Pali Momi Medical Center is the leader in health care for the people of Central and West Oahu. Our mission is to create a healthier Hawaii. We believe that working together, we can make the greatest impact on individuals, families and our communities.
In the early 1980s, Dr. Joseph “Joe” Nishimoto returned to Hawaii from the mainland to practice medicine in Aiea and Pearl City.
As the community grew, he envisioned a local, state-of-the-art hospital so Leeward families would not have to drive into town for medical care. The road to achieving that vision spanned eight years and took the efforts of many.
Pali Momi opened on July 31, 1989. Since its opening, the hospital has delivered many medical firsts for Central and West Oahu, including:
- The first interventional cardiac catheterization units to detect and treat heart disease
- First retina center in Hawaii
- Minimally invasive surgical technology featuring the da Vinci robot-aided system
- A comprehensive women’s center
- A complete bariatric surgery program
- The most advanced diagnostic imaging technology available
- A comprehensive cancer center for more accessible care
Today, Pali Momi continues to provide award-winning care to thousands of patients each year. Pali Momi has been recognized by the American Heart Association and American Stroke Association for its stroke care program. The Bariatric Surgery Program offers complete patient care, lifestyle transition and support, and has received Metabolic and Bariatric Surgery Accreditation and is recognized as a Quality Improvement Program Accredited Center, a joint program of the American College of Surgeons and the American Society for Metabolic and Bariatric Surgery.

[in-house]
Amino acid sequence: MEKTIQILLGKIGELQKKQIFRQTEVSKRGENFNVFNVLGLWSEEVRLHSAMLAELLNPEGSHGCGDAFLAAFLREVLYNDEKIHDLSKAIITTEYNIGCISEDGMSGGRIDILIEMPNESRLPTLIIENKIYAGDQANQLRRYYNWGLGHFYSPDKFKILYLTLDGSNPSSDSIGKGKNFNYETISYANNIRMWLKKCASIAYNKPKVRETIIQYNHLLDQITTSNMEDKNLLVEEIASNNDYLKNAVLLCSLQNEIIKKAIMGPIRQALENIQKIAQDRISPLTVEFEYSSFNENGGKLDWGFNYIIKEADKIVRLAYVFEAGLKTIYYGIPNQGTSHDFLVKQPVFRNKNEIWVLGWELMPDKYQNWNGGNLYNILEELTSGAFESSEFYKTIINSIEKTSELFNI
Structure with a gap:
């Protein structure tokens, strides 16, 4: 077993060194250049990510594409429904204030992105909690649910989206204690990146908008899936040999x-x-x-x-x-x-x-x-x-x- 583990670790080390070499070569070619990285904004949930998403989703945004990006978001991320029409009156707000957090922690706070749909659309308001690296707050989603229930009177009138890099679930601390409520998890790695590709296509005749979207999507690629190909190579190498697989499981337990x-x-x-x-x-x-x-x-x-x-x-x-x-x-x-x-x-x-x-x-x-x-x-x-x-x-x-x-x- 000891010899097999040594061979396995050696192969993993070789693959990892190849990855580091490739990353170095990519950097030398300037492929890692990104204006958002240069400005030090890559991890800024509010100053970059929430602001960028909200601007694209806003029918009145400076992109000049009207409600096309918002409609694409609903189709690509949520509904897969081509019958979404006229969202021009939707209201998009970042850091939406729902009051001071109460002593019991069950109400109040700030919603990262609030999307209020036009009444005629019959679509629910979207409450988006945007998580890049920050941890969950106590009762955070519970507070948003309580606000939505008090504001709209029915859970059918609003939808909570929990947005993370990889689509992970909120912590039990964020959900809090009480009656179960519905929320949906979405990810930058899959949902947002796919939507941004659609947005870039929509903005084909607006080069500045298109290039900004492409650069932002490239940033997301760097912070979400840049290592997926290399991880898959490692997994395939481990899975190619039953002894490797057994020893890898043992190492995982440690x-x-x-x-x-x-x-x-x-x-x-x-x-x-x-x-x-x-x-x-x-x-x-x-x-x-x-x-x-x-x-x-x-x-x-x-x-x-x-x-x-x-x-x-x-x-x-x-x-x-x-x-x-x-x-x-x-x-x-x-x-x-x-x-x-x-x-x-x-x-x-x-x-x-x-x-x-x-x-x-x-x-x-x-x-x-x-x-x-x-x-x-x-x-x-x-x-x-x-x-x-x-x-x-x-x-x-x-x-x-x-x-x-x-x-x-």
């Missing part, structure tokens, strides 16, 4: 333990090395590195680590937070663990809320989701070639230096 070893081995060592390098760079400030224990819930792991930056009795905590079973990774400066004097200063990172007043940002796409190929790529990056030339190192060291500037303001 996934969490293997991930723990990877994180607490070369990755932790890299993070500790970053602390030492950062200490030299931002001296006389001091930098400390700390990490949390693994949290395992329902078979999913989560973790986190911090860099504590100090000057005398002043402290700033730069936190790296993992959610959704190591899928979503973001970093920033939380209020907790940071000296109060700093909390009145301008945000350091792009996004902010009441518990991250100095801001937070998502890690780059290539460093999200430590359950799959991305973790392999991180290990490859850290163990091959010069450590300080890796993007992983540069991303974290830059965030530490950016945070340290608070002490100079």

With more than 1,200 employees and more than 500 physicians, Pali Momi is fully accredited by The Joint Commission, an independent nonprofit organization that certifies health care organizations and programs in the United States.
View our At a Glance fact sheet for additional information about Pali Momi Medical Center.
Hawaiian Language Display
Hawaii Pacific Health and its member hospitals honor the Hawaiian language and its use of diacritical marks, the glottal stop and the macron (okina and kahako). While we use these marks in our communication materials, we have omitted them in our online platforms as they are often limited in their ability to display these marks.
To determine when diacritical marks should be used, refer to Hawaiian Dictionary and Place Names of Hawaii, published by UH Press.